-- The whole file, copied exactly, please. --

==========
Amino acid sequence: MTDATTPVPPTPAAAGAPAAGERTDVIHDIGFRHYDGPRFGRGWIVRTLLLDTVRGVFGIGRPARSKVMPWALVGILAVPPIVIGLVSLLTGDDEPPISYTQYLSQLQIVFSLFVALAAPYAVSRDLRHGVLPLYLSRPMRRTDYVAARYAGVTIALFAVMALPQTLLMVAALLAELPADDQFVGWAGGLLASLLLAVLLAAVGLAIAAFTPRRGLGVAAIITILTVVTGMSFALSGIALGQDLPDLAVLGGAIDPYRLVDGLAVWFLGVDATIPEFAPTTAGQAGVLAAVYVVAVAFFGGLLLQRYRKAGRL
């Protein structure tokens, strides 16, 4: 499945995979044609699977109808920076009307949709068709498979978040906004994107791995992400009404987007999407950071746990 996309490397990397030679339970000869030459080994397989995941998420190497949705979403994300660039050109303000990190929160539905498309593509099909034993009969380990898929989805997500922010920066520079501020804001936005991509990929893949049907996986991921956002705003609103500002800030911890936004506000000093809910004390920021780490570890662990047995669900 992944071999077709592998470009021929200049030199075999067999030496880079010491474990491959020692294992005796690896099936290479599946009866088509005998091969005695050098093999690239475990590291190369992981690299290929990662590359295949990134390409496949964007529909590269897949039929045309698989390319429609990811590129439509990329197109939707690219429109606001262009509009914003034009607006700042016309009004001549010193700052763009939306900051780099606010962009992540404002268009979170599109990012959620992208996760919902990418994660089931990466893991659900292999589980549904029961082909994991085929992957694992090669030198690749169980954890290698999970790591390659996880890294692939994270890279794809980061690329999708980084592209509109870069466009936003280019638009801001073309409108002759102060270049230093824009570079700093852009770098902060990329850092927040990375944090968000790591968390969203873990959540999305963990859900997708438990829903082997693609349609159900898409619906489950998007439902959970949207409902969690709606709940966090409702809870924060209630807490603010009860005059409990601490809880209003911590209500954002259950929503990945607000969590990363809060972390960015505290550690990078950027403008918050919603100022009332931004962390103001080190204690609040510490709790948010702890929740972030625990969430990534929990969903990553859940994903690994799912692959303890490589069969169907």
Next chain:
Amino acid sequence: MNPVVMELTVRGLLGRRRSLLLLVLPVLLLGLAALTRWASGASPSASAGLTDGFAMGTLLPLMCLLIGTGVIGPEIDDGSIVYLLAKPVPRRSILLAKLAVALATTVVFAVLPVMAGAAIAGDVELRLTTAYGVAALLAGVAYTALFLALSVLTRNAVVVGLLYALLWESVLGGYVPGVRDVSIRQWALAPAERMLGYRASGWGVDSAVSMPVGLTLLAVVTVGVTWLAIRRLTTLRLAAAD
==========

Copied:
Amino acid sequence: MTDATTPVPPTPAAAGAPAAGERTDVIHDIGFRHYDGPRFGRGWIVRTLLLDTVRGVFGIGRPARSKVMPWALVGILAVPPIVIGLVSLLTGDDEPPISYTQYLSQLQIVFSLFVALAAPYAVSRDLRHGVLPLYLSRPMRRTDYVAARYAGVTIALFAVMALPQTLLMVAALLAELPADDQFVGWAGGLLASLLLAVLLAAVGLAIAAFTPRRGLGVAAIITILTVVTGMSFALSGIALGQDLPDLAVLGGAIDPYRLVDGLAVWFLGVDATIPEFAPTTAGQAGVLAAVYVVAVAFFGGLLLQRYRKAGRL
């Protein structure tokens, strides 16, 4: 499945995979044609699977109808920076009307949709068709498979978040906004994107791995992400009404987007999407950071746990 996309490397990397030679339970000869030459080994397989995941998420190497949705979403994300660039050109303000990190929160539905498309593509099909034993009969380990898929989805997500922010920066520079501020804001936005991509990929893949049907996986991921956002705003609103500002800030911890936004506000000093809910004390920021780490570890662990047995669900 992944071999077709592998470009021929200049030199075999067999030496880079010491474990491959020692294992005796690896099936290479599946009866088509005998091969005695050098093999690239475990590291190369992981690299290929990662590359295949990134390409496949964007529909590269897949039929045309698989390319429609990811590129439509990329197109939707690219429109606001262009509009914003034009607006700042016309009004001549010193700052763009939306900051780099606010962009992540404002268009979170599109990012959620992208996760919902990418994660089931990466893991659900292999589980549904029961082909994991085929992957694992090669030198690749169980954890290698999970790591390659996880890294692939994270890279794809980061690329999708980084592209509109870069466009936003280019638009801001073309409108002759102060270049230093824009570079700093852009770098902060990329850092927040990375944090968000790591968390969203873990959540999305963990859900997708438990829903082997693609349609159900898409619906489950998007439902959970949207409902969690709606709940966090409702809870924060209630807490603010009860005059409990601490809880209003911590209500954002259950929503990945607000969590990363809060972390960015505290550690990078950027403008918050919603100022009332931004962390103001080190204690609040510490709790948010702890929740972030625990969430990534929990969903990553859940994903690994799912692959303890490589069969169907």
Next chain:
Amino acid sequence: MNPVVMELTVRGLLGRRRSLLLLVLPVLLLGLAALTRWASGASPSASAGLTDGFAMGTLLPLMCLLIGTGVIGPEIDDGSIVYLLAKPVPRRSILLAKLAVALATTVVFAVLPVMAGAAIAGDVELRLTTAYGVAALLAGVAYTALFLALSVLTRNAVVVGLLYALLWESVLGGYVPGVRDVSIRQWALAPAERMLGYRASGWGVDSAVSMPVGLTLLAVVTVGVTWLAIRRLTTLRLAAAD